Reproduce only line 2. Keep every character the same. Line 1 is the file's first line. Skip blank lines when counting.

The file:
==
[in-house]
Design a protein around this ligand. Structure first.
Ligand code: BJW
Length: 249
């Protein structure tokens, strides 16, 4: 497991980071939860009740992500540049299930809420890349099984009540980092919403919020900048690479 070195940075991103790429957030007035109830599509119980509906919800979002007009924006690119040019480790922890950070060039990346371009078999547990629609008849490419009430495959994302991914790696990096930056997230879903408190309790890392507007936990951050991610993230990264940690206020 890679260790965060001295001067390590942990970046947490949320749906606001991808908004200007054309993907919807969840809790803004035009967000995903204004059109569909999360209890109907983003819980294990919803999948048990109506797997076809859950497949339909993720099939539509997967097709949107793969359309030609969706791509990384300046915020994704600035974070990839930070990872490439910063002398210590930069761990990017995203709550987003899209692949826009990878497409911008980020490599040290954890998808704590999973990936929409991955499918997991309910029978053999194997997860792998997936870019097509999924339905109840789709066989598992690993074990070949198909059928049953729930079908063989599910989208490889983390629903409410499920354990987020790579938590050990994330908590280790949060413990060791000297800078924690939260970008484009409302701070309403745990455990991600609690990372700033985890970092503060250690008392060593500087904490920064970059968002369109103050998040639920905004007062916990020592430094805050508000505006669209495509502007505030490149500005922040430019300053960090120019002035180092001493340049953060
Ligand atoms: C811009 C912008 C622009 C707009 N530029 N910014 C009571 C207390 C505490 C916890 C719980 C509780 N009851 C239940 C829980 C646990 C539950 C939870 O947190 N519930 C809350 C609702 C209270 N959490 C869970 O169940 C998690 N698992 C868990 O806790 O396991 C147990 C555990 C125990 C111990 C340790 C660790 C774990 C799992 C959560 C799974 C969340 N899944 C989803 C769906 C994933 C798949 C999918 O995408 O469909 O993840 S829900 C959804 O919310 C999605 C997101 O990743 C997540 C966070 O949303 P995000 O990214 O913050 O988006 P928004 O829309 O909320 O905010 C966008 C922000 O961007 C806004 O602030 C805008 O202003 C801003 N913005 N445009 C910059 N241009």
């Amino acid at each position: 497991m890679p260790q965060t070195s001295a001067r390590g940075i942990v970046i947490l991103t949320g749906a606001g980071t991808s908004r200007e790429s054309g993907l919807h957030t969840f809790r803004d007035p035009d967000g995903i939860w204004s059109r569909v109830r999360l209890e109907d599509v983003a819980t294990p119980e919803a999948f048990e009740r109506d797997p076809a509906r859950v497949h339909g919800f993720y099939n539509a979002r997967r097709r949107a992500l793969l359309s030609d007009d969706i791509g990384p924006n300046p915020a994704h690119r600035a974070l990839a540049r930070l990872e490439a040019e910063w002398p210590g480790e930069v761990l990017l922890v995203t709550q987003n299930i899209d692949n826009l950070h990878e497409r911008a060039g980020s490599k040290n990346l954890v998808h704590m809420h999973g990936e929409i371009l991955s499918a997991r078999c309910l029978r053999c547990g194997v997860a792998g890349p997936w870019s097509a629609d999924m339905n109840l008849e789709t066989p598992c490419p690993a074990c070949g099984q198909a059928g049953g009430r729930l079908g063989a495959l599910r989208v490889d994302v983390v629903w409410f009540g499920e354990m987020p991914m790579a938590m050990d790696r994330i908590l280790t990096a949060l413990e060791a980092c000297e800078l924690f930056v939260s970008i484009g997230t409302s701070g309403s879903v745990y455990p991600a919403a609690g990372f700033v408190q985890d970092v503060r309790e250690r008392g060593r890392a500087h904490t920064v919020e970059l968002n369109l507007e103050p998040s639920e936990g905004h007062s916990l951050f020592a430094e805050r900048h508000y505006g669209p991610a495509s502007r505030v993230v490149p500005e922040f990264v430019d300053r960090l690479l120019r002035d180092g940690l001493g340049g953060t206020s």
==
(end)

Design a protein around this ligand. Structure first.